Get Lean: A diet and exercise plan for your business Part One

Spring is here, and that means everyone is concerned with shaping up a little bit after a winter of Netflix and a few too many treats…Well today, Profession Concession is offering a little fitness advice that doesn’t require you to eat a salad or go for a jog (though you should totally do that too). Instead, we’re here with a series on how to get your business in shape with some methods to improve efficiency, cut waste and meet your goals. Your bottom line will thank us.

SVAM was fortunate to have recently co-hosted a training event with Johnston Memorial Hospital, where Mountain States Health Alliance employees shared their experience with A3 thinking and lean methodologies. This training provided attendees with an in-depth look into what it really means for a company to “get lean”. Spoiler alert: No one has to lose their job! We thought our readers might like to learn some of the highlights from the training, so here’s your introduction, we could call it Lean 101, Part One of our Get Lean series. In part one, we talk about the cold hard truth. You probably have some waste in your business. Waste can be challenging to pinpoint at its source, and easy to ignore because making a change requires upsetting the status quo. But alas, business isn’t for the faint of heart, and to succeed, we must be willing to adapt and grow. We’ve taken the 8 major sources of waste from the MSHA training, and expanded upon each to help you identify the problem so that you can begin making the needed changes for your company.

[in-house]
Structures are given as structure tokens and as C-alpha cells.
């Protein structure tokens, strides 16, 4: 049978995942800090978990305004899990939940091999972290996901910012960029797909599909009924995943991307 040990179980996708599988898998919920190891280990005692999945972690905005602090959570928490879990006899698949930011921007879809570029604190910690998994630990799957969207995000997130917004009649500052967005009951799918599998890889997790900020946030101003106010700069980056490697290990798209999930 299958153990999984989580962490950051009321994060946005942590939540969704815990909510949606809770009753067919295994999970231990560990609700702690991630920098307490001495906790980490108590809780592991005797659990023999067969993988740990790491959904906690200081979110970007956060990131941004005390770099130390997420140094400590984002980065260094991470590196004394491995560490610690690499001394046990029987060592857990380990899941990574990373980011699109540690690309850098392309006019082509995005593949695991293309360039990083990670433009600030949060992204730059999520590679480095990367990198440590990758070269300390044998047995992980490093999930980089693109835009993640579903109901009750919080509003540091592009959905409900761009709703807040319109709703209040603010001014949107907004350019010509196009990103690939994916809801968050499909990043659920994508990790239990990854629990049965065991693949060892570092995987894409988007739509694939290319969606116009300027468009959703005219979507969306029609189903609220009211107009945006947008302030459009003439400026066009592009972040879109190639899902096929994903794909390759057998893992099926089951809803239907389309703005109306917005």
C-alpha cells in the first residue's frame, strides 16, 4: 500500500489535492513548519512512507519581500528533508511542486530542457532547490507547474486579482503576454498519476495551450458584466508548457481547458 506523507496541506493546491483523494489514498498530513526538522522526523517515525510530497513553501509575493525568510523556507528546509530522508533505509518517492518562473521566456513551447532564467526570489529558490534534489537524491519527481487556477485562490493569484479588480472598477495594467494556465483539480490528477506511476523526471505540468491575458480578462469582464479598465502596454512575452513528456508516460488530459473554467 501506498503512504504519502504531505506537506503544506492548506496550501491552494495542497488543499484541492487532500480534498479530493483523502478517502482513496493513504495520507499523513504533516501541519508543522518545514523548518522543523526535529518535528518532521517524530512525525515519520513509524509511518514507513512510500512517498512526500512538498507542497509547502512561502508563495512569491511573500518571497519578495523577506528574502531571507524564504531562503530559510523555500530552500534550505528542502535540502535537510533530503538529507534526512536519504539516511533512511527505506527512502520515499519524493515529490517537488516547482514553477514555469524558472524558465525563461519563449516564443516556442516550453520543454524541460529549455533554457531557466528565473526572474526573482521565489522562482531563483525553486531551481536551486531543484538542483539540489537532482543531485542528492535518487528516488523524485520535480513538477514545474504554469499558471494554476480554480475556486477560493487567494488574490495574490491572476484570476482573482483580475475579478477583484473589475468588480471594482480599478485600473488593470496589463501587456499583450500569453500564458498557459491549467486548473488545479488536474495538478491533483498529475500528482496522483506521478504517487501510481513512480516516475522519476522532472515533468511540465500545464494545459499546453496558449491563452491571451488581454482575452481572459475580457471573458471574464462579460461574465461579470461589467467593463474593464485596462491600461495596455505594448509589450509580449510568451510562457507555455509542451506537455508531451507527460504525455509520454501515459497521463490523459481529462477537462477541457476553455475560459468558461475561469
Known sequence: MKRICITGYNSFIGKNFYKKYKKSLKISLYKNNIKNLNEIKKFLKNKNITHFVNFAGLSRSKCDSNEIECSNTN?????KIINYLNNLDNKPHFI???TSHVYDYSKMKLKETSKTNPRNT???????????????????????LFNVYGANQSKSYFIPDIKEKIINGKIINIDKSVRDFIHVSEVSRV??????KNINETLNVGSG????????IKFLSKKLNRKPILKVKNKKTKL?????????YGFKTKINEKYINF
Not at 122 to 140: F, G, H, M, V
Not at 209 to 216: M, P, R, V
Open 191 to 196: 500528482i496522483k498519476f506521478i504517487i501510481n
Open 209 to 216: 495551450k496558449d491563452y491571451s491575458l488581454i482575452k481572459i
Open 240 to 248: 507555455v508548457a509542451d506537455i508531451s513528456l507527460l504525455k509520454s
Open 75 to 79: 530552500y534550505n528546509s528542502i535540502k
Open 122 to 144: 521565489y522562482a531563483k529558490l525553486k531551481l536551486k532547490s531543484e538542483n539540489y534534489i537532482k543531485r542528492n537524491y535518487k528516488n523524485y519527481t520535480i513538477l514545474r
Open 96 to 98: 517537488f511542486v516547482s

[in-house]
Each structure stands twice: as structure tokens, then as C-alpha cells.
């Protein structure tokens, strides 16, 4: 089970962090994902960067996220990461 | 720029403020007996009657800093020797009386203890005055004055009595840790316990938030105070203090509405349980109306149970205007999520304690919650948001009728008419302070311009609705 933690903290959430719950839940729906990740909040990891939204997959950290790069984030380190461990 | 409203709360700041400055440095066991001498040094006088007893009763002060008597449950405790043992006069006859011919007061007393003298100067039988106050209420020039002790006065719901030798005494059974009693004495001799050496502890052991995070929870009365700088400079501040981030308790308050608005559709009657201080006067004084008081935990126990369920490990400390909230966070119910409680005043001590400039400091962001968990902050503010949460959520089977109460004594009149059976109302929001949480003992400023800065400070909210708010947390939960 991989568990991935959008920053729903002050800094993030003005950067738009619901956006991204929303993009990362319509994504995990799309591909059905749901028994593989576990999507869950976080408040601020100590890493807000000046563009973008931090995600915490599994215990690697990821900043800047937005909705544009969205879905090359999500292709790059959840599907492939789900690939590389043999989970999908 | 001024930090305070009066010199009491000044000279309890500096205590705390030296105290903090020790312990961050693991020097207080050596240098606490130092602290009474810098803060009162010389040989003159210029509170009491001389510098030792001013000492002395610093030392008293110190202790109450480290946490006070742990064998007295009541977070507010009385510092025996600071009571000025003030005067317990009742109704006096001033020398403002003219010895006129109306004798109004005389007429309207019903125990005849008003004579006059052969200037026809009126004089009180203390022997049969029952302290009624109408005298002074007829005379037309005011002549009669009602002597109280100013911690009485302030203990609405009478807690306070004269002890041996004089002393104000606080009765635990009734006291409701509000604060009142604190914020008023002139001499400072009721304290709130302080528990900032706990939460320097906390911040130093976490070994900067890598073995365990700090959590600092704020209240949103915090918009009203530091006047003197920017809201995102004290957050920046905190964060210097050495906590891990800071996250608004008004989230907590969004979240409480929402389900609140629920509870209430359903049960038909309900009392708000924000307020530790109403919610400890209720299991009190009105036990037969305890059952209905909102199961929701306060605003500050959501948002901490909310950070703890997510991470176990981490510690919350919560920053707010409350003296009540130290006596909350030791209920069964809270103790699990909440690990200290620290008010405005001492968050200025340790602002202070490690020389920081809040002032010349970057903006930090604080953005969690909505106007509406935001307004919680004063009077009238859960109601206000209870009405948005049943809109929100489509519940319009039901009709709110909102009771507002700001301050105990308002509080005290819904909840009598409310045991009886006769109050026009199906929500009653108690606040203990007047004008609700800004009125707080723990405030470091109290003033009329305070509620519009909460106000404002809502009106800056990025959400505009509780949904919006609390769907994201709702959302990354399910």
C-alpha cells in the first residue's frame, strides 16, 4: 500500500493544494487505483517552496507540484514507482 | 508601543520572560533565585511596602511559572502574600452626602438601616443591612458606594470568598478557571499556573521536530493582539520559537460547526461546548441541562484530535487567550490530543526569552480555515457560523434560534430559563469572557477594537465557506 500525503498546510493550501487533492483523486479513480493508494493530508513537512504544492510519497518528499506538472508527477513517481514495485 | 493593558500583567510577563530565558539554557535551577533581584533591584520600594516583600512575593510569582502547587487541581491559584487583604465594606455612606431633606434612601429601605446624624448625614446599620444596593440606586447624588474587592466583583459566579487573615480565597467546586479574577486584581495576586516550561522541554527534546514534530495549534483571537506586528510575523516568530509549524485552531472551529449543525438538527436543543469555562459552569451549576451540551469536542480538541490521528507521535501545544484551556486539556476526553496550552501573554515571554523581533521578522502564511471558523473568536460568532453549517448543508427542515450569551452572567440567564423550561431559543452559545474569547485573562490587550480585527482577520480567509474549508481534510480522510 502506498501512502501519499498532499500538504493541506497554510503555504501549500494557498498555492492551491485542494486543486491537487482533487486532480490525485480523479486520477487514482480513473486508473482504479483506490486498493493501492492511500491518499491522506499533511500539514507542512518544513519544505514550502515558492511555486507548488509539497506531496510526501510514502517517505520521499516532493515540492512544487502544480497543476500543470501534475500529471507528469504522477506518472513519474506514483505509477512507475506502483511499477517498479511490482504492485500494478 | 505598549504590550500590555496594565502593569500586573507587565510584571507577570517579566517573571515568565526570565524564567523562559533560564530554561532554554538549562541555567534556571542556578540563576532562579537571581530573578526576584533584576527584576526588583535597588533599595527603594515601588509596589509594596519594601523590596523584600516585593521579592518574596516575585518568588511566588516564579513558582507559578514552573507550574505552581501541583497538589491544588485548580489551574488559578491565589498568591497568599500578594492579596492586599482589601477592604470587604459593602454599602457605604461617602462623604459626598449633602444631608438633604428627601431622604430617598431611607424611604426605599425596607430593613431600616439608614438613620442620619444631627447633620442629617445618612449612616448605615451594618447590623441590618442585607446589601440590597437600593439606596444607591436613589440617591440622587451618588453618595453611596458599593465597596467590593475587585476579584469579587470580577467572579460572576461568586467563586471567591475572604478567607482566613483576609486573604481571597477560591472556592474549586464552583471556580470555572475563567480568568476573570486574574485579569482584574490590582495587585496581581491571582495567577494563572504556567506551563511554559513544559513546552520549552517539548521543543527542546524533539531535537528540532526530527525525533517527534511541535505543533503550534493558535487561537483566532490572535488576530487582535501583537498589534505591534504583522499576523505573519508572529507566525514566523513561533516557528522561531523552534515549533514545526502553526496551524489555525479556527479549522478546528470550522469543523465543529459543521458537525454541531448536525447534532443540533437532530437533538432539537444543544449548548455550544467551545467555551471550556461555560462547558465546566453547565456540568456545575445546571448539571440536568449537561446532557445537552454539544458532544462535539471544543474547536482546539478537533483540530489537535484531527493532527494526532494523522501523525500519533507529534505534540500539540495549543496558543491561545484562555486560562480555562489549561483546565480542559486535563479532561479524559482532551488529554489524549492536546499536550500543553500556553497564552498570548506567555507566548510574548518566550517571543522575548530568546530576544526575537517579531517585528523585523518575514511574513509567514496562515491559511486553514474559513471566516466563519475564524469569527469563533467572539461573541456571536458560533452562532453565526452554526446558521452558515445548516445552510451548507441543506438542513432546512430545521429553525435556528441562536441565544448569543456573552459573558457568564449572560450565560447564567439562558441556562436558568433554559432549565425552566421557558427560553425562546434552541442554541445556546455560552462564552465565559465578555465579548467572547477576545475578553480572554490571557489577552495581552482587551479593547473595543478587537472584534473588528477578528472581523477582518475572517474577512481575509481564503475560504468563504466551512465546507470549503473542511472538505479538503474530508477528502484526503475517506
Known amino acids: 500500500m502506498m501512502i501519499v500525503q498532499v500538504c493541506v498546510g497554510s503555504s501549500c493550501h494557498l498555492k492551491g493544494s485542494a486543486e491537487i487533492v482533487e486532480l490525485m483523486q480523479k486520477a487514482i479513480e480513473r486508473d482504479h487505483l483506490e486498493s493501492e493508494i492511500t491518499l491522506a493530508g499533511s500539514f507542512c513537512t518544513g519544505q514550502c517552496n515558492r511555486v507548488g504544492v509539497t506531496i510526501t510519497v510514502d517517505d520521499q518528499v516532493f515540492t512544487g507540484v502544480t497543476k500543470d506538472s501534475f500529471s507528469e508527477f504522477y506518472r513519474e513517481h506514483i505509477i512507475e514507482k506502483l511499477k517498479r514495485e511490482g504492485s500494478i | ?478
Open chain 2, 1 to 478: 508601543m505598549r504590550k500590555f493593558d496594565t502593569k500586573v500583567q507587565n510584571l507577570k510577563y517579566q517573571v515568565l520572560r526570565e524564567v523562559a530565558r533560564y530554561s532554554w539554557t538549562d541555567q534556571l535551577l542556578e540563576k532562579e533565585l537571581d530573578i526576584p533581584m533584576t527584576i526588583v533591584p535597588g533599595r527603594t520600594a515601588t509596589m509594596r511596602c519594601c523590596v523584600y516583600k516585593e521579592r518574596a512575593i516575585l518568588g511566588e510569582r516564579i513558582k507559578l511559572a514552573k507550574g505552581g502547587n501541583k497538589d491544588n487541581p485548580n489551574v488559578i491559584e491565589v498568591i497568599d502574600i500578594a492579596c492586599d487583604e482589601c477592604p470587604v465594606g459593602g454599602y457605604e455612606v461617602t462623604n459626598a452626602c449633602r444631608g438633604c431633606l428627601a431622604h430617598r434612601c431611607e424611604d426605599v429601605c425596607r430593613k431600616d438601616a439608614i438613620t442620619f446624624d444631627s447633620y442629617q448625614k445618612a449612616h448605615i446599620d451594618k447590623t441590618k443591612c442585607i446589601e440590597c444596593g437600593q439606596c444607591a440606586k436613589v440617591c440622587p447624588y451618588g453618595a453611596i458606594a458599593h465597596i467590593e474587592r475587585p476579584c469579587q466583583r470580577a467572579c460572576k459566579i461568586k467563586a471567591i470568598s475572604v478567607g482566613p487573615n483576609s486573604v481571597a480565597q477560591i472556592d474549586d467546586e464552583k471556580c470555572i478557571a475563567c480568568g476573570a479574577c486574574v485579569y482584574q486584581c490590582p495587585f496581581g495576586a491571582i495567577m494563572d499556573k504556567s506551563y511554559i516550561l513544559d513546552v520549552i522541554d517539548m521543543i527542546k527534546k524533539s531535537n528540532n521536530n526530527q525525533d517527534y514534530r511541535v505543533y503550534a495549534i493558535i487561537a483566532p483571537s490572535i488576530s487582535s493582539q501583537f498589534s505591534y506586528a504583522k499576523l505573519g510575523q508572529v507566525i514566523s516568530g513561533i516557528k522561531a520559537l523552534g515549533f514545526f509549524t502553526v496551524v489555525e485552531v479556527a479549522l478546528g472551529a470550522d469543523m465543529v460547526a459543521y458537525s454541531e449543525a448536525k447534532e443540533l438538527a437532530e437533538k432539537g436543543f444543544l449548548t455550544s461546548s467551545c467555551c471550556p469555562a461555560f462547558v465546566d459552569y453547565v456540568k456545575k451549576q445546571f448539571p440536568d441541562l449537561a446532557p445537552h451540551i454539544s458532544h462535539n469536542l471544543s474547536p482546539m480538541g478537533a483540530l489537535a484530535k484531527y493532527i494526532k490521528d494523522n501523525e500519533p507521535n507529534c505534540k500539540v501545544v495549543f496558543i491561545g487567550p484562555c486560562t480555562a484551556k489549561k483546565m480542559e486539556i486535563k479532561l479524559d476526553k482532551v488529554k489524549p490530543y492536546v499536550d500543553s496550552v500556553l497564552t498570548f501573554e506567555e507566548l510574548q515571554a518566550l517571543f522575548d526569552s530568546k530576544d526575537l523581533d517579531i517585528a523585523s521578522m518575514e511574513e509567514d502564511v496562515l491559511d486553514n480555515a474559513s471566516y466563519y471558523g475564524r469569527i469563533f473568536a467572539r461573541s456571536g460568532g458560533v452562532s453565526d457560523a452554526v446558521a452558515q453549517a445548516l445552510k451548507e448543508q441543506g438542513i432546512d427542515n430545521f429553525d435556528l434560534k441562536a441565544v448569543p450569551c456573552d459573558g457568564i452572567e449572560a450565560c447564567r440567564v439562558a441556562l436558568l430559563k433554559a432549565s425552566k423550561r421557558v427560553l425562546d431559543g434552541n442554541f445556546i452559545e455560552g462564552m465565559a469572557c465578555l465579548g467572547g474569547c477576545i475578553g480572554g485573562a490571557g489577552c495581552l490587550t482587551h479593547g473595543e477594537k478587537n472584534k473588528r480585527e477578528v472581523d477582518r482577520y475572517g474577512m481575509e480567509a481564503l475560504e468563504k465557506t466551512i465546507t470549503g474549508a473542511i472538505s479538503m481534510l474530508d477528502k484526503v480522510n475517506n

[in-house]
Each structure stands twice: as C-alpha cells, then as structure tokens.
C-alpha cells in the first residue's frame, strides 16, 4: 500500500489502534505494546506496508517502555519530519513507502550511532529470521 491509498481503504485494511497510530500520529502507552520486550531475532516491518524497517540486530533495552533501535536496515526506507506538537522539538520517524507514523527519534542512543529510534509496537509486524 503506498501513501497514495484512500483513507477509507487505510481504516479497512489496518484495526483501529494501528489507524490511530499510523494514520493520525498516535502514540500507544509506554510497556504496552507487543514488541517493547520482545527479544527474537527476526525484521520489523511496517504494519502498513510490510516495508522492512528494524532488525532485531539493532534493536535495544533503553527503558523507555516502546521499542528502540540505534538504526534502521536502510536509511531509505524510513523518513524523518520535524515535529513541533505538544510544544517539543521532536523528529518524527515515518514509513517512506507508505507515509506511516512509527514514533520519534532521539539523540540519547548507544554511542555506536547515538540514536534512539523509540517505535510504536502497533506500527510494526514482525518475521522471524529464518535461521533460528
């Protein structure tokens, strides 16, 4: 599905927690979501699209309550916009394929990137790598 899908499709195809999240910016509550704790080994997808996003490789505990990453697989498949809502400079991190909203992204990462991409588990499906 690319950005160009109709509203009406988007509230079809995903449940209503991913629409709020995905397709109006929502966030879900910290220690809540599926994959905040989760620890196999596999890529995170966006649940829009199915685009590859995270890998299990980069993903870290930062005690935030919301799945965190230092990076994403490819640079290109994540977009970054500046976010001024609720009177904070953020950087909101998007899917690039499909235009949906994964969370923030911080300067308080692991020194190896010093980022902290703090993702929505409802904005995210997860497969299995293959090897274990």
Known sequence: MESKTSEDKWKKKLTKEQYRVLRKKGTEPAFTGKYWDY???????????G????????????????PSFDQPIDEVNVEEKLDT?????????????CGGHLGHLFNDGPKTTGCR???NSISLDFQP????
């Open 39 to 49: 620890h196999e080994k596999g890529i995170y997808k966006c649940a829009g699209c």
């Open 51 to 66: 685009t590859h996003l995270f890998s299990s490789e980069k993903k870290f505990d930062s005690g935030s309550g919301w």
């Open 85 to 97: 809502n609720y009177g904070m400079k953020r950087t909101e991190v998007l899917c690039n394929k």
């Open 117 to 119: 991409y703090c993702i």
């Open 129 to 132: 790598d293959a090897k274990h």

How you’re wasting: Identifying your efficiency issues is the first step in making changes. 

Transport: Is getting an item or people from one place to another causing delays and backup at your company? Time to think about your transportation system!

Inventory-Too much? Not enough? Striking the balance is critical for your bottom line.

Motion-Are people in your company taking too many unneccessary steps in a day? This might seem minor, but consider this…If every person in your 100 employee organization is taking 1,000 extra steps per day (this is about .5 mile, or 10 minutes a day) 10*100=1000 minutes / 60 is over 16 hours per day , more than 116 per week, or 5840 hours per year…yeah, that’s a lot of lost time. And as we all know, time=money.

(P)eople-Now this doesn’t mean you should fire all of your employees. Efficiently allocated labor is the absolute driving force of a company’s success! The point is, where are your employees not meeting their full potential? A lot of times, this has nothing to do with the quality of your workforce-most people want a fulfilling and busy job that they can feel good about accomplishing at the end of the day. It often boils down to this, confusion about responsibilities, inefficient systems and miss-assigning of duties based on employee strengths and weaknesses.

Waiting-Is anyone in your company ever sitting or standing around waiting for someone else to finish their work so that they can do their own duties? This leads to a waste spiral! Really, waiting can increase every waste factor on this list!

Over production-Too much stuff made.

Over processing-Too much stuff being done.

Defects-To ere is human, but too many mistakes or defects can wreak havoc on productivity.

Now that we’ve spread a bunch of doom an gloom on you, and you’re thinking “wowza, I see a lot of these wastes in my company”, don’t get too down and out. The whole point of this series is to improve, not discourage. Stay tuned for Part Two for more information on the changes you can make to minimize waste and send your productivity soaring. Until then, take a good look at your operations and try to identify your problem areas.

 

 

No laughing matter: Surviving an Active Shooter